For a long time, this attractive large shrub has been a popular choice for native plant gardens. Right now it’s easy to see why, as specimens in Townsville gardens are currently full of flowers (mid June 2020).
Neofabricia myrtifolia thrives in local gardens although it is not actually native to the Townsville area. It is a Queensland endemic, however, with it natural range in the northern part of Cape York.
While the hills around Townsville are still very green, not many species are flowering or fruiting now. An attractive exception is Aidia racemosa. Its colourful fruits caught John Elliott’s attention this week (mid-May) out at Cape Cleveland, and earned it Plant of the Month status. The strongly perfumed flowers were photographed in January.
Our regular meetings and outings remain suspended due to COVID-19 restrictions. To lighten the mood we chose a Plant of the Month that represents the cause of the global pandemic. But don’t worry, the plant presents NO infection risk!
Nauclea orientalis, the Leichhardt tree, was dubbed the “coronavirus tree” by our friends at the Bush Garden Nursery. They noticed a curious visual similarity between a coronavirus image and the tree’s spherical flower heads.
The size difference is vast. Nauclea flower heads are golf ball-sized, while coronavirus particles are so tiny you would need an electron microscope to see them. But that’s not something to try at home.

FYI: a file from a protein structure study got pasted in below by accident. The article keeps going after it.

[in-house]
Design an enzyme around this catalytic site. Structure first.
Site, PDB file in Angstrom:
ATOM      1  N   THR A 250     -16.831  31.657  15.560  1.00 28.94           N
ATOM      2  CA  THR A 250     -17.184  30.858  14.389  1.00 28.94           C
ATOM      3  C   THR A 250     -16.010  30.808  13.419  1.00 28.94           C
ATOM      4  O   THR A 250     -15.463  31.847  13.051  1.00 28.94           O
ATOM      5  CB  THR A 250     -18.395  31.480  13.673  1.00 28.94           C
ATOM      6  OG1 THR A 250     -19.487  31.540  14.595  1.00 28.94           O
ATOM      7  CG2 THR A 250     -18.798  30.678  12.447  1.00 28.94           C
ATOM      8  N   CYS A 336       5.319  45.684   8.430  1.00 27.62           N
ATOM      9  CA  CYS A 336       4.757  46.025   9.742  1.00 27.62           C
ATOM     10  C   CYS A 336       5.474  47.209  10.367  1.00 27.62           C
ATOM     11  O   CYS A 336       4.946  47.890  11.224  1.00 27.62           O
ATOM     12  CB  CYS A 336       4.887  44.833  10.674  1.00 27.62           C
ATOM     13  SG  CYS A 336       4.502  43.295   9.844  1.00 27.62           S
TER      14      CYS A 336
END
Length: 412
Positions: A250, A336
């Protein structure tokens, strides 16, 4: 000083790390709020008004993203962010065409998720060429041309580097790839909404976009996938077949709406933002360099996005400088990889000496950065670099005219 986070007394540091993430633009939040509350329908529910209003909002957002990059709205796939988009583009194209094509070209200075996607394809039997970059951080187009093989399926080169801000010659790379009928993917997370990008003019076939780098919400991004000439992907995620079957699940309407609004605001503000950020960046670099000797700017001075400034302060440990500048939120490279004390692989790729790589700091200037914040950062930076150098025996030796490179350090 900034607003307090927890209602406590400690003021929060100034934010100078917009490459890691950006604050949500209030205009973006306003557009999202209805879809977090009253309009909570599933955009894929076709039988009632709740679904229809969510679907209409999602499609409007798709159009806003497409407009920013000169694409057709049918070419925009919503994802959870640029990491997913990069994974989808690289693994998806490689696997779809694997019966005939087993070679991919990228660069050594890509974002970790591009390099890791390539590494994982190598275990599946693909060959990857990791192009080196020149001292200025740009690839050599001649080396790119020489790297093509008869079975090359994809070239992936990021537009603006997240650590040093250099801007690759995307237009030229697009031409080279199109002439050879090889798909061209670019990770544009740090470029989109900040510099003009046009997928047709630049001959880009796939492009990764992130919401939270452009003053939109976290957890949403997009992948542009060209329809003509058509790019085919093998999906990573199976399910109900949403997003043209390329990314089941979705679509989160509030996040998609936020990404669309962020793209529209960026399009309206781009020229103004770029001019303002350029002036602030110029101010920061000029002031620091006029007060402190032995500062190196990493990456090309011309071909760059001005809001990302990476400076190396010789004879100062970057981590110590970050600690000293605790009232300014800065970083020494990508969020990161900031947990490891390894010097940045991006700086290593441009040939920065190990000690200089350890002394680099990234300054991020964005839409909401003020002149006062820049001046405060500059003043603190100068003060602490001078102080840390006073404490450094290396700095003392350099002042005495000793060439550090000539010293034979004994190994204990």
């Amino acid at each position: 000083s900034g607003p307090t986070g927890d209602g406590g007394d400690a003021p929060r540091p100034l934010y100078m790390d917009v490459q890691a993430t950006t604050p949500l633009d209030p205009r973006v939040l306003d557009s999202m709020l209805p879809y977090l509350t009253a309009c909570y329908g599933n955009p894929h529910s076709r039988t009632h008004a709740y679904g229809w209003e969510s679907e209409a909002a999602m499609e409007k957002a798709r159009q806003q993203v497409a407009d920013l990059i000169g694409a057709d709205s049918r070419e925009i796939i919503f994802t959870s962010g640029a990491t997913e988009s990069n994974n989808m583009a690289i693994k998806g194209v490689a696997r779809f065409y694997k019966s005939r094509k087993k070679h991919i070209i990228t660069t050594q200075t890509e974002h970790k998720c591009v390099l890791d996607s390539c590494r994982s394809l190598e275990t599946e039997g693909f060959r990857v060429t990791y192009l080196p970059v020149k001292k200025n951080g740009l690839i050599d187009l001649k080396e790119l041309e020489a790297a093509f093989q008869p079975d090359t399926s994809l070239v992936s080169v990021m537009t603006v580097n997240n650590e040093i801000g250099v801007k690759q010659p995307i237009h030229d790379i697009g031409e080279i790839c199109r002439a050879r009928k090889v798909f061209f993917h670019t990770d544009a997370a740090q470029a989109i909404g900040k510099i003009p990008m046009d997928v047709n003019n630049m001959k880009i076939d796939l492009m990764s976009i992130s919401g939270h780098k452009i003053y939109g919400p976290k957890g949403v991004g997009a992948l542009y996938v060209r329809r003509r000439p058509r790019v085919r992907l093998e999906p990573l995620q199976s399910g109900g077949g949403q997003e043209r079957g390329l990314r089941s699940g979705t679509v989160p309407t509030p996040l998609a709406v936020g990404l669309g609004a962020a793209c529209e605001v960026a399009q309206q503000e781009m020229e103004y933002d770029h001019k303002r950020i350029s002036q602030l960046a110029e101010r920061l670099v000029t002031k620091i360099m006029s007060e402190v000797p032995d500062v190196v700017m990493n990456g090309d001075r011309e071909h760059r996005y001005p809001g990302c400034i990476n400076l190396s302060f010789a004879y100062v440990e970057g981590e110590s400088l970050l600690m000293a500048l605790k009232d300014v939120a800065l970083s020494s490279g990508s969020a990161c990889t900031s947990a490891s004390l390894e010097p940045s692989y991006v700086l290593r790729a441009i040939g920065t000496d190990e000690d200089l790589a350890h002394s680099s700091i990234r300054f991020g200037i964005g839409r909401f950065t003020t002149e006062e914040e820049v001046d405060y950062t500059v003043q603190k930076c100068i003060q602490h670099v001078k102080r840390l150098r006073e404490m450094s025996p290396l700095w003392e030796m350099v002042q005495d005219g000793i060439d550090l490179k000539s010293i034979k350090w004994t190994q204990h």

Nauclea orientalis is an impressive tree in its own right. You can find botanical details and more photos on our species page.
* Image “Australia’s ‘coronavirus tree’ ” created by Julia Hazel as a derivative of “Nauclea orientalis” by Tony Rodd used under CC-BY-SA, and “Computer render of SARS-CoV-2 virus” by the US Centers for Disease Control and Prevention in the public domain.
The flowers of Abelmoschus moschatus, very familiar as our group’s logo, are currently making a bright show on hillsides around Townsville, prompting nomination as our Plant of the Month.
These plants were almost invisible during our prolonged dry season but their hardy underground tubers (below) survive in a dormant state. They quickly sprout new growth with the onset of the wet season and have an impressive ability to find their own space amidst dense clusters of native grasses.
The local wild form of this species is a low-growing, trailing plant with usually watermelon-pink flowers. Its prolific flowering habit makes it an attractive addition to a sunny garden or large pot.
A different variety, also attractive but not of local provenance, can be seen in some Townsville gardens. It has taller, more erect stems and somewhat darker red flowers and was sold previously as a ‘native’ species. The true provenance of the more erect/red variety remains unknown.